Posted October 10, 2000

    great book for a classic

    Dr. Jekyll and Mr. Hyde was a really good book. It caught your attention from the beginning of the story.The only thing about the book I didn't like was that it was kind of hard to keep up with. But it had a terrifc suprise ending.

    1 out of 1 people found this review helpful.

    Was this review helpful? Yes  No   Report this review
  • Anonymous

    Posted February 14, 2000

    Very Good Book

    This is probably the best book I've ever read. Me being just 14 you may say, ' Oh what does this kid know?' Well I've read enough books to know that this is indeed a great book. The book has just one plot but, tops everything off with an ironic and twisted ending. You probably have allready asummed the ending, but if you had no idea of what this book was about you would be in complete ahhhhhhh over it. Very exciting. Set down on a Monday to begin reading it and finished the following night. It's considered a 'Can't put downer'.

    1 out of 1 people found this review helpful.

    Was this review helpful? Yes  No   Report this review
  • Anonymous

    Posted December 12, 1999

    Strange Case

    What I think of this book is pretty cool but strange. When first I start to read this book everyhting was weird even the characterization. Then I get used to it and it gets more intersting.

    1 out of 1 people found this review helpful.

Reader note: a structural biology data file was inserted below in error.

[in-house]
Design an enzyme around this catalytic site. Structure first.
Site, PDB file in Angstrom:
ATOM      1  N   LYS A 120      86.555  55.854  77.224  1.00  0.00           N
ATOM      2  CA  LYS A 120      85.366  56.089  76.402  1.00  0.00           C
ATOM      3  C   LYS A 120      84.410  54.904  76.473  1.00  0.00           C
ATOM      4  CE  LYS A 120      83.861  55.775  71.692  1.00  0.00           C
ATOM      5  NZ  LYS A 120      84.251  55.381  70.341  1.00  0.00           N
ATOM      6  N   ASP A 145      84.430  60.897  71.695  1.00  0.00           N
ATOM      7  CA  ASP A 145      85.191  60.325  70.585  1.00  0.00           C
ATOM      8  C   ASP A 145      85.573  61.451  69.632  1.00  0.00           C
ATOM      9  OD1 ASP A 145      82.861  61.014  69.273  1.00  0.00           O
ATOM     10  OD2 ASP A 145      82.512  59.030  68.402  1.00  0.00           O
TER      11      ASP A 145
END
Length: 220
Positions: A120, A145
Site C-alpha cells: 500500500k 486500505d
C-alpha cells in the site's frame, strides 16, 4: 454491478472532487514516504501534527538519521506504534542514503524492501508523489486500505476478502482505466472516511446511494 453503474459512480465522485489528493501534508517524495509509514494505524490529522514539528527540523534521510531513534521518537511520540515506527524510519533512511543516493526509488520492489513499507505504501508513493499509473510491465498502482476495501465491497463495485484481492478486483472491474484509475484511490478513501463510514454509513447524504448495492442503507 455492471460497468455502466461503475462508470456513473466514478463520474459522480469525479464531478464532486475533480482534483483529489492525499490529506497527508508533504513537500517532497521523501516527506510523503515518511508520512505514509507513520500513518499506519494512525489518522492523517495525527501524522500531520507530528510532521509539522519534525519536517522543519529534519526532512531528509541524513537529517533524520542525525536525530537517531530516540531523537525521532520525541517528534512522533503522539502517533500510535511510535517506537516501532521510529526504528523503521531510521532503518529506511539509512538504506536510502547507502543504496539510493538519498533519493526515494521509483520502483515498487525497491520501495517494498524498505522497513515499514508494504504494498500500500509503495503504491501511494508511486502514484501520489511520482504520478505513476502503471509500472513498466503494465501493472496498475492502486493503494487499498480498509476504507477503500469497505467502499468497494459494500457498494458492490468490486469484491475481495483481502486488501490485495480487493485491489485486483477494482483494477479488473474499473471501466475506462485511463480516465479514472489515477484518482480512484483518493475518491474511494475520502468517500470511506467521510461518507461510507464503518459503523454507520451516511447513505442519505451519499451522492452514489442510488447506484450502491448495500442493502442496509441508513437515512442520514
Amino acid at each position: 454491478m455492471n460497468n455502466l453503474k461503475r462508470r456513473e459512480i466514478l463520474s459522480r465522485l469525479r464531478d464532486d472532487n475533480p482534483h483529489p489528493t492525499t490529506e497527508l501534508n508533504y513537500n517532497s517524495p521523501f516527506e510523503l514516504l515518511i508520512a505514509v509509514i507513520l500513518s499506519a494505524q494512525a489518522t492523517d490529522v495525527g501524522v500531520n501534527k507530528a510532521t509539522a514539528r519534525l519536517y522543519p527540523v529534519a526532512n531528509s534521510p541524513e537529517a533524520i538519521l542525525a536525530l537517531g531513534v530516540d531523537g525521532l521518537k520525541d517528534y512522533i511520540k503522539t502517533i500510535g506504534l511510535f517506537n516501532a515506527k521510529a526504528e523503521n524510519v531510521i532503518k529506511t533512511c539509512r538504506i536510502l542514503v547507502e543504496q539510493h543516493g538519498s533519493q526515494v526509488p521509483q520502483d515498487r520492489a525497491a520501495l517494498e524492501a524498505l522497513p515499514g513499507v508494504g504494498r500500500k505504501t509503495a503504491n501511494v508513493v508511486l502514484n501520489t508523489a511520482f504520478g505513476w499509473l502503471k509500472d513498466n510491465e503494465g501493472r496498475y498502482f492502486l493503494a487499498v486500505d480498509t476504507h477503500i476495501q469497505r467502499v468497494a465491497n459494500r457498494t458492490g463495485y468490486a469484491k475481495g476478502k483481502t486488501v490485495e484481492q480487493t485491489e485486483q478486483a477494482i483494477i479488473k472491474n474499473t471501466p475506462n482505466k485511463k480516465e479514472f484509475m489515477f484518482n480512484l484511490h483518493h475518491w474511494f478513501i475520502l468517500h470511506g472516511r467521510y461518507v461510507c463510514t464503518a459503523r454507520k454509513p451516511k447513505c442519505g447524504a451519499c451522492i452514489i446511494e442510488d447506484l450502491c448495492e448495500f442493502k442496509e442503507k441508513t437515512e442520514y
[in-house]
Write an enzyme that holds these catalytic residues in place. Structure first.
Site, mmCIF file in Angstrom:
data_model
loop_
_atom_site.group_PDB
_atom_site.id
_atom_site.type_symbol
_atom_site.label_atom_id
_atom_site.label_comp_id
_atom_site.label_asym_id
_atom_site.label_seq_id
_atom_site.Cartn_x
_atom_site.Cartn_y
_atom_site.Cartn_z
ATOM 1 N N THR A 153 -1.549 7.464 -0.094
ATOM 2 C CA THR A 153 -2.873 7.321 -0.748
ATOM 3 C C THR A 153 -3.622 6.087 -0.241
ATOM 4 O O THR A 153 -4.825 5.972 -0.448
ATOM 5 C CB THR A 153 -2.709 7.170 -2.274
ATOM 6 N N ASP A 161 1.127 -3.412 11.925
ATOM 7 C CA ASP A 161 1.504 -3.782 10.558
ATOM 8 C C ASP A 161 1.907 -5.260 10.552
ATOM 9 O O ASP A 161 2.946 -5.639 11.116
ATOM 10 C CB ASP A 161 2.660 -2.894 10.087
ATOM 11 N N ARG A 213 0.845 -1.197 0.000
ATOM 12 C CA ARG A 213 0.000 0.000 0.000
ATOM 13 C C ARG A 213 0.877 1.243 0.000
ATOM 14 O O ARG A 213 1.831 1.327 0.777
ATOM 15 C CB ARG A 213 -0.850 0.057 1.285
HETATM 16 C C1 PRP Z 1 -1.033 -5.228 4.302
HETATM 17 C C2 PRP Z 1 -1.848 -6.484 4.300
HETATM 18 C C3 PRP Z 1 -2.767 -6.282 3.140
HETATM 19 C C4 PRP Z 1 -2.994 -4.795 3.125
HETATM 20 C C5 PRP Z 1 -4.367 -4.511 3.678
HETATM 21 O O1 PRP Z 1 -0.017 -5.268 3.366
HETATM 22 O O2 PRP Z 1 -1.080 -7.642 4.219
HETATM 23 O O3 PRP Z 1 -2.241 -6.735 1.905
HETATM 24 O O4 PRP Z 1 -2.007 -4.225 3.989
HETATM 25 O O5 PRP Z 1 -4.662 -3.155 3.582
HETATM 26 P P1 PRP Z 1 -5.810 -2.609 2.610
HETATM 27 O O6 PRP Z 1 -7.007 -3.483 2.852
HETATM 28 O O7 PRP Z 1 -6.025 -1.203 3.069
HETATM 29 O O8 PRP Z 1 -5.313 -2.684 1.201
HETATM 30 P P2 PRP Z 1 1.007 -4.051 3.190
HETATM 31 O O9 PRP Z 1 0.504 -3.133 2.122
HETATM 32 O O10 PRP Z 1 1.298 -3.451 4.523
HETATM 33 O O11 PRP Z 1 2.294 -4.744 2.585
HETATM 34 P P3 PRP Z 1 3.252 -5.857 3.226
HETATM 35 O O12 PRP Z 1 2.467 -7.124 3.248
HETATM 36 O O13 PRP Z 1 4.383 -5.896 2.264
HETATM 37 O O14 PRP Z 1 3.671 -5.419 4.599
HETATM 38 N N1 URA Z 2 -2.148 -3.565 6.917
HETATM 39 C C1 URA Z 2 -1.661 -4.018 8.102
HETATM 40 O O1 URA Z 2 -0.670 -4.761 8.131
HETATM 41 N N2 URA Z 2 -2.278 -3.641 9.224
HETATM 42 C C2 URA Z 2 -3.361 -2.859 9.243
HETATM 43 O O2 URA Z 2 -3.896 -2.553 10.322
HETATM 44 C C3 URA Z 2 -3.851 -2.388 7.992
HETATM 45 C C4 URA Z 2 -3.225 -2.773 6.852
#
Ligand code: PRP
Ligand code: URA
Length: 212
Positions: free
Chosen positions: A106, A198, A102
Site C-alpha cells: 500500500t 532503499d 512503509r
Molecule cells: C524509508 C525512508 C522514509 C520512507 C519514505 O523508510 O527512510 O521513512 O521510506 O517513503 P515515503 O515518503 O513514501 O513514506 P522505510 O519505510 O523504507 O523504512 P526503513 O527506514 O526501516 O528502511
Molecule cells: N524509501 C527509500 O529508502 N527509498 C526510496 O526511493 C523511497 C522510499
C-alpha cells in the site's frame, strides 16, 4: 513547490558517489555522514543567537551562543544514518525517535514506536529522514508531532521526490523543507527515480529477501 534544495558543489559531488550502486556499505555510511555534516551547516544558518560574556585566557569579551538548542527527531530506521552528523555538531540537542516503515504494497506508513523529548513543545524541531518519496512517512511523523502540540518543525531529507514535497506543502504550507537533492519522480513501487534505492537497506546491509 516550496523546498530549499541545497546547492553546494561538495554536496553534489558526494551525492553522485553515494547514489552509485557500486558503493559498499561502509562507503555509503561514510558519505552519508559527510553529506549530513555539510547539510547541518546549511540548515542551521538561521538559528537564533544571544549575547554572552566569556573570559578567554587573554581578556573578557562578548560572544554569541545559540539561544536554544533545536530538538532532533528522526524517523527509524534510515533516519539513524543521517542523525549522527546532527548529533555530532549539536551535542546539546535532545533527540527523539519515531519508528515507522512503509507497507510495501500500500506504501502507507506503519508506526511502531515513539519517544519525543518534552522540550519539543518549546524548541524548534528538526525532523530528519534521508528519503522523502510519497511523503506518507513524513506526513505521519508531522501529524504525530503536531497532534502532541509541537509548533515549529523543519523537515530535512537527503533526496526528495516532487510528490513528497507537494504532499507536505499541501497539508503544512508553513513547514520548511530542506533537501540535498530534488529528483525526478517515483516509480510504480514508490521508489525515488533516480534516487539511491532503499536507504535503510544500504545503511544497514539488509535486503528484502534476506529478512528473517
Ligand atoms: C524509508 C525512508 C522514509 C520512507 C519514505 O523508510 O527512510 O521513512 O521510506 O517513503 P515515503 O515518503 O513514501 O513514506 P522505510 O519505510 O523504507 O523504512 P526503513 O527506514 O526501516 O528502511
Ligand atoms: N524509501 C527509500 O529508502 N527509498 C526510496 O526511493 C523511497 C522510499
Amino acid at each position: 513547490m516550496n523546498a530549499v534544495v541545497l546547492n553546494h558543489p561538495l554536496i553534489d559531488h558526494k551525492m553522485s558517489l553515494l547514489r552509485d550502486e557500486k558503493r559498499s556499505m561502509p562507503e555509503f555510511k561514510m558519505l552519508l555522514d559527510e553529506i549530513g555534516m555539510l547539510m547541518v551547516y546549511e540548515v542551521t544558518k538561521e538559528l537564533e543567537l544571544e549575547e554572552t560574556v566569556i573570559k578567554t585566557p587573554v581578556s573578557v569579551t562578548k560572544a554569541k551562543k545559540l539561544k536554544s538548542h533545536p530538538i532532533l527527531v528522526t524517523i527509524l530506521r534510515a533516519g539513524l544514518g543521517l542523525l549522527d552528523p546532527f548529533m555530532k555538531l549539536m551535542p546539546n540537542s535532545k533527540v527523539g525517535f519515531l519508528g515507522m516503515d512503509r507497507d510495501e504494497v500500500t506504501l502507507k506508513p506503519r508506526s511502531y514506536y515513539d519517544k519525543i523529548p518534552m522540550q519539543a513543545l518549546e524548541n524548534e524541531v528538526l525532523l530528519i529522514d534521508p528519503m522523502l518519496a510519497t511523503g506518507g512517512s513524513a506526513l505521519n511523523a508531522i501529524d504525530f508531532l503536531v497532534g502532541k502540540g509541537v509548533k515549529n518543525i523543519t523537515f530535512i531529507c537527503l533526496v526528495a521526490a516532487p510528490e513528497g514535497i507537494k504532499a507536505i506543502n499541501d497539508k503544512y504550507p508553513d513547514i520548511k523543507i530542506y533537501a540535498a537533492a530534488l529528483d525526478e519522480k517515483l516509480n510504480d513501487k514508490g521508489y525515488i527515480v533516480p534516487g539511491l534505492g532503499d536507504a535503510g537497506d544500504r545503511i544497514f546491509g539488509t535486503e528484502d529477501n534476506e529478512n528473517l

Was this review helpful? Yes  No   Report this review
  • Anonymous

    Posted December 9, 1999

    One of Best Books

    This book is one of the three best horror books ever made along with Mary Shelly's 'Frankenstein' and Bram Stoker's 'Dracula.' I think everyone should read it to see if they like it.

    1 out of 1 people found this review helpful.

    Was this review helpful? Yes  No   Report this review
  • Anonymous

    Posted August 8, 2014

    Extus Blue

    Here. This is where we'll work out the raid.

    Was this review helpful? Yes  No   Report this review
  • Anonymous

    Posted August 8, 2014

    A. Lost

    Really Platinum? I could've just stayed at the Revo to find here, if you know the shortcuts. -_- well off to finish one part of my challenge...

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  • Anonymous

    Posted August 8, 2014

    Extus sapphire

    Okay

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  • Anonymous

    Posted January 25, 2014

    By cd

    I really like this book. It is scary in some parts but is great over all. Anyone under the age of 10 shouldn't read this book. But besides that it is pretty good book about a man finds a wy to split the good and evil in him to to diffrent beings while still being one. Hard to describe but after you read it you will get what I am saying. You should read this book!

    Was this review helpful? Yes  No   Report this review
  • Anonymous

    Posted February 12, 2013

    Ytjgnhmfcfbhkhgsghjk